Knowledge is Power: A View of the Productive Forces of Modern Society, and the Results of Labour, Capital, and Skill

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J. Murray, 1859 - Capitalism - 423 pages
 

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Page 362 - Then he that had received the five talents went and traded with the same, and made them other five talents. And likewise he that had received two, he also gained other two. But he that had received one went and digged in the earth, and hid his lord's money.
Page 72 - The property which every man has in his own labour, as it is the original foundation of all other property, so it is the most sacred and inviolable.
Page 159 - Thou didst swear to me upon a parcel-gilt goblet, sitting in my Dolphin-chamber, at the round table, by a sea-coal fire, upon Wednesday in Wheeson week, when the prince broke thy head for liking his father to a singingman of Windsor, thou didst swear to me then, as I was washing thy wound, to marry me and make me my lady thy wife.
Page 63 - Of mimic'd statesmen and their merry king. No wit to flatter left of all his store! No fool to laugh at, which he valued more. There, victor of his health, of fortune, friends, And fame, this lord of useless thousands ends.
Page 100 - And hang their heads with sorrow. Good grows with her; In her days every man shall eat in safety Under his own vine what he plants, and sing The merry songs of peace to all his neighbours.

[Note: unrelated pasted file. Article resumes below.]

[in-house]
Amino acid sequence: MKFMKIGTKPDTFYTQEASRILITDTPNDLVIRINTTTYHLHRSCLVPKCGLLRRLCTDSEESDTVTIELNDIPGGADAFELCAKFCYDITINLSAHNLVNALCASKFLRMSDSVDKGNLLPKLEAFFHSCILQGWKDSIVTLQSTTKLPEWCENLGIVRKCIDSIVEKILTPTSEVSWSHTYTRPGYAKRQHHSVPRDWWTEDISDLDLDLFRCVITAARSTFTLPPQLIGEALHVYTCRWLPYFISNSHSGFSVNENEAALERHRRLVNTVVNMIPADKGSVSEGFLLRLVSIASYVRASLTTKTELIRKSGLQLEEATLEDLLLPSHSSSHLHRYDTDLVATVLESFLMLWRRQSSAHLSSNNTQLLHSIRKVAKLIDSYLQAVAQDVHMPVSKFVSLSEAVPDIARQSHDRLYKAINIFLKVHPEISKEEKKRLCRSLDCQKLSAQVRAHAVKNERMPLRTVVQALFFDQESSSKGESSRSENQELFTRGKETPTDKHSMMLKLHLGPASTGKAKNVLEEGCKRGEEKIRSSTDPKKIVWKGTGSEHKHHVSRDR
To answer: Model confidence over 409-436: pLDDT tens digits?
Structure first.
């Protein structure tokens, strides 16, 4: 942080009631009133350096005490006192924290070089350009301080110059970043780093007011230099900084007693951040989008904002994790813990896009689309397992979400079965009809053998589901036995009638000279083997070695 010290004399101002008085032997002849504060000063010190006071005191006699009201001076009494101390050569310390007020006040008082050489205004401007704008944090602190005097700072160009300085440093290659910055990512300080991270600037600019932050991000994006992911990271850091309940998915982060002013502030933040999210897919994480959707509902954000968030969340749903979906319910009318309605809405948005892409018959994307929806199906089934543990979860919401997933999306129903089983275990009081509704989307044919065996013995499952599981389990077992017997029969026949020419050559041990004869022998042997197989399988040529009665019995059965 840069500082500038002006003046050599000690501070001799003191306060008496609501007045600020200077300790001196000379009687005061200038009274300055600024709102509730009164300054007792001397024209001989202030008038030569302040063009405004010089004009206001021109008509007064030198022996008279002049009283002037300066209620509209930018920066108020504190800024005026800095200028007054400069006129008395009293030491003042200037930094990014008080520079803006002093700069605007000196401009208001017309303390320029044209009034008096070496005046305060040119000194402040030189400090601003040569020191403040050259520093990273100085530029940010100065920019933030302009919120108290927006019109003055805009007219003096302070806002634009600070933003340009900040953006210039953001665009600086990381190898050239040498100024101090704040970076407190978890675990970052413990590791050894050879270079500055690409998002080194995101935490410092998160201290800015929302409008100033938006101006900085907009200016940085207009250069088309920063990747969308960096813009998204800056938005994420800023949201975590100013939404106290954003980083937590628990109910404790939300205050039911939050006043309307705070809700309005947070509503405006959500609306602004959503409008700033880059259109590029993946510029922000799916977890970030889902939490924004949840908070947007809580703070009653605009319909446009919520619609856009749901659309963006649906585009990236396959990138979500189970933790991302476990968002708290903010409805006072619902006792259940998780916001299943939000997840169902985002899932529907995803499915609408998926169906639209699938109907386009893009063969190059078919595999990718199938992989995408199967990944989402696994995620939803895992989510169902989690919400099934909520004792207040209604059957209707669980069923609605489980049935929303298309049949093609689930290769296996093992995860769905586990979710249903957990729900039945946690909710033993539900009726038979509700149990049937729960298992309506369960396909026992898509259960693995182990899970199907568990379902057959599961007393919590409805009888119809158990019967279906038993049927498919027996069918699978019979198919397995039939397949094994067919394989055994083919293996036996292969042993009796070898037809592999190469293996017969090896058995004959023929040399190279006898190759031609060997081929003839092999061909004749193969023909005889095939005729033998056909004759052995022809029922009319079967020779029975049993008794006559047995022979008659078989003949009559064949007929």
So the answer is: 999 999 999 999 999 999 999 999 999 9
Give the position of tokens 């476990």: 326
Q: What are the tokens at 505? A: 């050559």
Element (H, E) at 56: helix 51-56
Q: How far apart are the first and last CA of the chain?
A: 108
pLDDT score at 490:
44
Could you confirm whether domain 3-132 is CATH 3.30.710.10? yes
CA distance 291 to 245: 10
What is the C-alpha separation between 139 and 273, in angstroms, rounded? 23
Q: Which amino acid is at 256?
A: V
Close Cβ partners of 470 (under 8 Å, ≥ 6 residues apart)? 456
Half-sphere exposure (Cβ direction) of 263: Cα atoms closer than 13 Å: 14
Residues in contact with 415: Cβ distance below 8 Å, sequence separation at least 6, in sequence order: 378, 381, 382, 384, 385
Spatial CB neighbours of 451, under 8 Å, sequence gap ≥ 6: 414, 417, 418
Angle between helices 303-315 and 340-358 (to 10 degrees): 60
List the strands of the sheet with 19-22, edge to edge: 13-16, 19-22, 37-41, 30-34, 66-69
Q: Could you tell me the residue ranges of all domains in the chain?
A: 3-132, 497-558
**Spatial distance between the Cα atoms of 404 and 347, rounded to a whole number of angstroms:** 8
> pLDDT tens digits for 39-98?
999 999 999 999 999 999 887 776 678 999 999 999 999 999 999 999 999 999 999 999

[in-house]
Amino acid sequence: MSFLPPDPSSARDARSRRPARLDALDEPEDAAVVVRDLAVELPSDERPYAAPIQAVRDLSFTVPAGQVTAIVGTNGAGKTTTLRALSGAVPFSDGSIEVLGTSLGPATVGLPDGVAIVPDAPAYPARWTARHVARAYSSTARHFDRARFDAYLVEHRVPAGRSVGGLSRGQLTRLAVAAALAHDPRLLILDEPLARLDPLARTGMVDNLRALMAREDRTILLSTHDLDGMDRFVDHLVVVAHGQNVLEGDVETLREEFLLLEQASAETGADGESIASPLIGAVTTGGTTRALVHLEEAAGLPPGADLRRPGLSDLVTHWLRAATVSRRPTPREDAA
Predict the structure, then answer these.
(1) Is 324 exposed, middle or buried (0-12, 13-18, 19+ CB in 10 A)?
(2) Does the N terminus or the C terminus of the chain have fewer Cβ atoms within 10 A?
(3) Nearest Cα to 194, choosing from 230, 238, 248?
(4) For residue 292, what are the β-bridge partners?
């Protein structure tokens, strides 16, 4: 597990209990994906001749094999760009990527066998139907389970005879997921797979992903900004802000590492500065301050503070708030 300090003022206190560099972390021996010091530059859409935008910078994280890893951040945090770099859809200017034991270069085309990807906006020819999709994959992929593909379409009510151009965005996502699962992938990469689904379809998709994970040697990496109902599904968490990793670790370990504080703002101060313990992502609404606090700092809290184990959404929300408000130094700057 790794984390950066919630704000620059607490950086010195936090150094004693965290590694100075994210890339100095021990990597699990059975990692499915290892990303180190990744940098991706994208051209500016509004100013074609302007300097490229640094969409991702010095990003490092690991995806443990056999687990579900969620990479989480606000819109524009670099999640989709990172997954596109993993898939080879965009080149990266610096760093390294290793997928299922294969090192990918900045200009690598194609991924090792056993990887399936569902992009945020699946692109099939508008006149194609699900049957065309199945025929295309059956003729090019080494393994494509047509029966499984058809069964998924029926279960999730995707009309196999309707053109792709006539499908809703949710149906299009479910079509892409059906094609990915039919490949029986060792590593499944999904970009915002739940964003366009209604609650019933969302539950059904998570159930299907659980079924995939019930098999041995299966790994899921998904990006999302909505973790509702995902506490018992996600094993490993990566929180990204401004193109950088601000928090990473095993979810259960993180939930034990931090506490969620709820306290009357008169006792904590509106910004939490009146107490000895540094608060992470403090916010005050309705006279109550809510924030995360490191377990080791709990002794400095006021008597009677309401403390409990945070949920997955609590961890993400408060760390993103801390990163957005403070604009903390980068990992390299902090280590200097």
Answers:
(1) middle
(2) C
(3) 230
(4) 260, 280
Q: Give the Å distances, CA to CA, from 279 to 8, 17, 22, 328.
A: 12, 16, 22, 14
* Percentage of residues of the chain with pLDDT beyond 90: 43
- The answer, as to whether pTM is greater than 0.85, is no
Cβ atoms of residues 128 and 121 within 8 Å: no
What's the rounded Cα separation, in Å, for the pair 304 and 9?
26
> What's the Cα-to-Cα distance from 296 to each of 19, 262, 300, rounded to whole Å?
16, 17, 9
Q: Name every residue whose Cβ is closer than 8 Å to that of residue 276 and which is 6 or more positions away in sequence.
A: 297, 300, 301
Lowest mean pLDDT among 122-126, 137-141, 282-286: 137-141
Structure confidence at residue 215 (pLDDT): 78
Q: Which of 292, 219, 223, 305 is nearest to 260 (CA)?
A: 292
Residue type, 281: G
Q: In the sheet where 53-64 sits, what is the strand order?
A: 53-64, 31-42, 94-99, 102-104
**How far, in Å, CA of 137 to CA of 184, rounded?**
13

Page 11 - Handbook of Architecture. Being a Concise and Popular Account of the Different Styles prevailing in all Ages and Countries in the World. With a Description of the most remarkable Buildings.
Page 212 - Here strip, my children! here at once leap in, Here prove who best can dash through thick and thin, And who the most in love of dirt excel, Or dark dexterity of groping well.
Page 191 - So doth the potter sitting at his work, And turning the wheel about with his feet, Who is alway carefully set at his work, And maketh all his work by number; He fashioneth the clay with his arm, And boweth down his strength before his feet; He applieth himself to lead it over; And he is diligent to make clean the furnace : All these trust to their hands: And every one is wise in his work.
Page 92 - Now have we many chimneys ; and yet our tenderlings complain of rheums, catarrhs, and poses ; then had we none but reredosses, and our heads did never ache. For as the smoke in those days was supposed to be a sufficient hardening for the timber of the house, so it was reputed a far better medicine to keep the good-man and his family from the quack or pose, wherewith, as then, very few were acquainted.
Page 362 - And unto one he gave five talents, to another two, and to another one ; to every man according to his several ability; and straightway 1 6 took his journey.

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